Finally, the only way gay marriage could weaken heterosexual marriage is if it was so vastly superior that everyone would ‘switch sides’. But it won’t be superior, only equal, that’s the whole point.
And even if it was ‘better’ the idea that red-blooded straight men would abandon their wives and end up clamoring to enter into same-sex unions is a bit far-fetched by any standards. That fear is based on another myth, that being gay is a lifestyle choice – it’s not and if it was there is no evidence the majority would choose it.
Myth: Marriage is all about raising children and gay and lesbian couples can’t have kids, so they don’t need to marry.
Britain’s toughest TV interviewer, Jeremy Paxman, recently skewered the archbishop of Westminster on this one.
The Most Reverend Vincent Nichols, who is the Catholic leader in England and Wales, suggested that purpose of marriage was to produce children. And seeing as gays and lesbians can’t do that naturally (however hard they try) it wasn’t the right ‘institution’ for them.
Paxman responded by asking Nichols if he would marry an infertile straight couple. Answer: Yes.
In fact, there are a number of gay single people and couples who have children. And, just like anyone else who wants to give a child a loving, caring home, gay people can be excellent parents. In fact, some adoption and fostering agencies say that gay people’s understanding of bigotry and prejudice, from the likes of idiots like Nichols, gives them a particular strength when it comes to helping vulnerable kids. After all, if other children benefit from being part of a loving, stable family, shouldn’t that also be on offer to adopted kids who often need that stability more than anyone?
Myth: Heterosexual marriage benefits society, which is why it shouldn’t be touched.
So let’s get romantic for a moment. Because marriage does benefit society. It creates loving, stable, supportive links between two people and that can have a positive ripple effect on all around them, linking and helping friends, families and communities.
British Prime Minister David Cameron’s famously said: ‘Conservatives believe in the ties that bind us; that society is stronger when we make vows to each other and support each other. So I don’t support gay marriage despite being a Conservative. I support gay marriage because I’m a Conservative.’
Love is an ultimate good. The phrase ‘charity begins at home’ is not a reference to street collectors shaking tins for coppers. It really means that love begins in a loving, stable home and reaches out from there to support people who come into contact with it. Gay people are a part of that and marriage will support them.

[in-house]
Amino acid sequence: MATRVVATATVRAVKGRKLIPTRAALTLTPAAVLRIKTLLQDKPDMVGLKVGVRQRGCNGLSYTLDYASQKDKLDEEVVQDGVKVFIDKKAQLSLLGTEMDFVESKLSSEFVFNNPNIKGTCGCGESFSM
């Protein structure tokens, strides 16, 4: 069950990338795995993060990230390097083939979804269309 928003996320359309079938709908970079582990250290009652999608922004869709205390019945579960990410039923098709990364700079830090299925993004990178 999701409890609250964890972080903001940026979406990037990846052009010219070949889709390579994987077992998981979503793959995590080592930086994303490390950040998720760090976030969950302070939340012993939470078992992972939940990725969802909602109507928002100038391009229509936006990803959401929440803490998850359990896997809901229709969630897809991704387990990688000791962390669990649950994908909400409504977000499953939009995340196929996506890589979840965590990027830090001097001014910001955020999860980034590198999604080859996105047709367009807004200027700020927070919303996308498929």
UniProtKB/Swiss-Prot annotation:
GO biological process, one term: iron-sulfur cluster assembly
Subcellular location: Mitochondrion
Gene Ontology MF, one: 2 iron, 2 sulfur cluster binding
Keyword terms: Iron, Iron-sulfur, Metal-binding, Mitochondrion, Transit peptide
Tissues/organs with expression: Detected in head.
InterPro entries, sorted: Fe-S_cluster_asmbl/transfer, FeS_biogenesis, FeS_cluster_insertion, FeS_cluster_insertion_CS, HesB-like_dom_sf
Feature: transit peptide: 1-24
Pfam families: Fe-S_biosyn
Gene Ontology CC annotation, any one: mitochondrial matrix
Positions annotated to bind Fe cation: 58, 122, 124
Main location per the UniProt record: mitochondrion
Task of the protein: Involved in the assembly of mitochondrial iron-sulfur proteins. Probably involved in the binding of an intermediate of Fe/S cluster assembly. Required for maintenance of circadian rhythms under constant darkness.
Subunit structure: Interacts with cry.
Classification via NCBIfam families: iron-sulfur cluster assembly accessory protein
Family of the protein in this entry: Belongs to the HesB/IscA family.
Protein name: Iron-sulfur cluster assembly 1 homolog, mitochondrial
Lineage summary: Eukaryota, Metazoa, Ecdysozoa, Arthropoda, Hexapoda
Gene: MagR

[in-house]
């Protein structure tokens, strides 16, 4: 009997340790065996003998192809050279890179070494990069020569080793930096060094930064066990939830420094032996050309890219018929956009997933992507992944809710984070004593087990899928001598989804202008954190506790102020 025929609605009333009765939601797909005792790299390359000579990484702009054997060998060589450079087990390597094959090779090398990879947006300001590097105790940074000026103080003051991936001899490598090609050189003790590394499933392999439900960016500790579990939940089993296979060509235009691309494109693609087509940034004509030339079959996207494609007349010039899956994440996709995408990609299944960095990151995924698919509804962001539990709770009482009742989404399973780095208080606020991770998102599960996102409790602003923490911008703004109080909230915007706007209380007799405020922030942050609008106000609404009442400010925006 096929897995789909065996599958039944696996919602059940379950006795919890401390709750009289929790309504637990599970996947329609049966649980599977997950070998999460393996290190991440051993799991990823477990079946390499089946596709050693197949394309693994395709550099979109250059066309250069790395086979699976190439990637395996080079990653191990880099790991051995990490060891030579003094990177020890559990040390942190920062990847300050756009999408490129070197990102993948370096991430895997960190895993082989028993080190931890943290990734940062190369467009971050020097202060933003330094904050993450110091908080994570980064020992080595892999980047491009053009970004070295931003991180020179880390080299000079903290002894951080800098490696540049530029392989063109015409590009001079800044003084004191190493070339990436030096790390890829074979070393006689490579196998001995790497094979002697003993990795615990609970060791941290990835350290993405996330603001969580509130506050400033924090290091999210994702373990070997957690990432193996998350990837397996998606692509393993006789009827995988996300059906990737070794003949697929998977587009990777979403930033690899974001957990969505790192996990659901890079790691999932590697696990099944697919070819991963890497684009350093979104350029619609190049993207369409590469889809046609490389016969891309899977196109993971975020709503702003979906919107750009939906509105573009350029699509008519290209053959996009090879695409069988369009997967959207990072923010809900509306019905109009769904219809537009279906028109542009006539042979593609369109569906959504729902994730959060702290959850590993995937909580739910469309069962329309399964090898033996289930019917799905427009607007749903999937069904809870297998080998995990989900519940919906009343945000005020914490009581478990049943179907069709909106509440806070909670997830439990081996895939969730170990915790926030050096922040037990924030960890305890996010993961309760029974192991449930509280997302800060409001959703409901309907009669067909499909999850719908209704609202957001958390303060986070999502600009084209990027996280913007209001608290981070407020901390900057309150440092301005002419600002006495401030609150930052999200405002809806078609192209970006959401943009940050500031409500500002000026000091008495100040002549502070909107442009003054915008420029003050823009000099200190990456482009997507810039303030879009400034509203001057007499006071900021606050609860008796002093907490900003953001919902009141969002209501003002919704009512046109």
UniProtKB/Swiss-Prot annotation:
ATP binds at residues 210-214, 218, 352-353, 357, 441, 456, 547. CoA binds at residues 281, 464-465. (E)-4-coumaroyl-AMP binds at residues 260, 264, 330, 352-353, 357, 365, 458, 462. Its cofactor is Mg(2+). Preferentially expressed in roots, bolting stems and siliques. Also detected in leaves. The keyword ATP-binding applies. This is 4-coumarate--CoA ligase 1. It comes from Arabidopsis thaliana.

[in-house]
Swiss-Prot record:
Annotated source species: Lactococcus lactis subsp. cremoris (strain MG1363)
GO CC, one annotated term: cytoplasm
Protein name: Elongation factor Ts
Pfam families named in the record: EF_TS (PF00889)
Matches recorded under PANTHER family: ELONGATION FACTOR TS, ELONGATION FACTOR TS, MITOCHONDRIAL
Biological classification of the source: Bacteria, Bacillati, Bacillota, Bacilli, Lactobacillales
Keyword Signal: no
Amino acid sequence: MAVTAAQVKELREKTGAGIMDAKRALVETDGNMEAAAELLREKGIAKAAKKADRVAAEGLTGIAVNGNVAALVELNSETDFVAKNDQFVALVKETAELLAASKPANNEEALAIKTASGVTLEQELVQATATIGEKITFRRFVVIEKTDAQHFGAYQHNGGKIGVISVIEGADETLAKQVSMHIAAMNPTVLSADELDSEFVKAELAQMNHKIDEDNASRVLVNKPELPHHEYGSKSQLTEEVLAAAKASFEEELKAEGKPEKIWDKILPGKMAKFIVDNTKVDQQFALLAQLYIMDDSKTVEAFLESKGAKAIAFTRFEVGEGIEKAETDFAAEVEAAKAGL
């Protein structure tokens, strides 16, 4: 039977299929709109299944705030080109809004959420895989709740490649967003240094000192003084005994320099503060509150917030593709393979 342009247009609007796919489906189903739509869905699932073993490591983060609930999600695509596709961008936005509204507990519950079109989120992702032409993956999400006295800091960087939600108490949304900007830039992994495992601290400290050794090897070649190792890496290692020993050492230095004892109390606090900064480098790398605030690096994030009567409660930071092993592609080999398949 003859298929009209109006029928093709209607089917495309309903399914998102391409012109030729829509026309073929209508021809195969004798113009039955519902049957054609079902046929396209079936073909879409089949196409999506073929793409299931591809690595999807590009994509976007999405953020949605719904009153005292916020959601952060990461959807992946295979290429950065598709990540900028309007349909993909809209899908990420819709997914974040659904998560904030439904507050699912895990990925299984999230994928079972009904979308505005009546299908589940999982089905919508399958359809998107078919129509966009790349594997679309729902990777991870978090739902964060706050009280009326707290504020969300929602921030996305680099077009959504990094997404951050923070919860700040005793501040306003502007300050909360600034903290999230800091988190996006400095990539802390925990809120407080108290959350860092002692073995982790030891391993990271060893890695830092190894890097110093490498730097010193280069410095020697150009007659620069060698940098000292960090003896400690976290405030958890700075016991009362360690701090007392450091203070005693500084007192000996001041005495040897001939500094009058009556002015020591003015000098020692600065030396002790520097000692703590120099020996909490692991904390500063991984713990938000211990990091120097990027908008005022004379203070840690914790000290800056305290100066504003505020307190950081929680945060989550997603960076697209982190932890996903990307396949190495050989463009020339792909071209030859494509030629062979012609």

Myth: Most people oppose same-sex marriage so it shouldn’t happen.
On 1 April 2001, when the first fully-legal gay marriages took place in Amsterdam, I was there. Back then, it was considered a fringe issue by most of the world. Since then support for it has increased by leaps and bounds. And the more it’s discussed, the more people’s hearts and minds are changed.
Polls showing rising support for gay marriage are coming in all the time to Gay Star News, like this one from New Jersey which shows 57% in favor and only 37% against. In Australia, 68% now support same-sex marriage equality. And as far back as 2009, 61% of the British public agreed with the statement 'Gay couples should have an equal right to get married, not just to have civil partnerships', while 33% disagreed.
Of course, not everyone agrees. So bear in mind this solid-gold quote from Ben Summerskill, chief executive of Stonewall, Britain’s largest lesbian, gay and bisexual campaign organization: ‘Our strong advice to anyone who disagrees with same-sex marriage is not to get married to someone of the same sex.’
Myth: Gay relationships don’t last, so aren’t equal to straight ones.
A typical divorce rate for heterosexual marriages in Australia, the US, UK and other western European countries is around 30% to 40%.
The statisticians often use the statistic of the number of couples who have split after 15 years. The reality is that gay marriage has not been around long enough for it to be tested accurately against this. And the figures which already exist are probably too small to ensure scientific accuracy.
Early indications on same-sex civil partnerships in the UK were that the break-up rate was a little under 1% after 30 months. That’s not too shocking.
Limited stats from Norway and Sweden hinted at slightly higher split-ups around same-sex couples. But a study in 1997 in Denmark showed the same-sex partnership divorce rate was significantly lower than that of heterosexual couples.
So this idea is more homophobic propaganda than fact.
If you were going to ban people from getting married just on the basis that they are at higher risk of divorce, you wouldn’t allow heterosexuals who have previously divorced to re-marry. And we all deserve second chances.
Myth: Same-sex marriage is going to happen anyway, so I don’t need to do anything about it.
Wrong! Around the world, this is a massive fight and the struggle for marriage equality in the US alone is a clear indication of how hard it’s going to be. In Australia, another country on the front-line, headway is being made but it’s far from being a sure-fire bet. It simply hasn’t been easy in any of the countries where it has been introduced, so we need to stand up and be counted.
In Britain there is support across the leadership of all the major parties in both the parliament in Westminster and in the Scottish parliament, which has been running a separate consultation on marriage equality.
However there are active and well-funded voices against it. So far the homophobic Coalition for Marriage has got 300,500 signatures for it’s anti-marriage petition in Britain. The pro-marriage petition from the Coalition for Equal Marriage has only 33,448.
That’s why Gay Star News has teamed up with G-A-Y, London’s most famous club, to push the petition this Saturday (24 March) and hopefully start a ripple-effect to up our numbers. The crazy thing is that the majority of people are on our side but we need to work hard to prove that.
Meanwhile, if you haven’t signed yet and you can’t make it tomorrow, please visit the petition here and do your bit.
Stonewall gives advice and links to help people respond in detail to the British government’s marriage consultation here. Again, it’s worth doing – you can be sure the homophobes will be.
And, of course, you can follow the progress of same-sex marriage around the world on Gay Star News, the only truly 24-7 global LGBTI news service.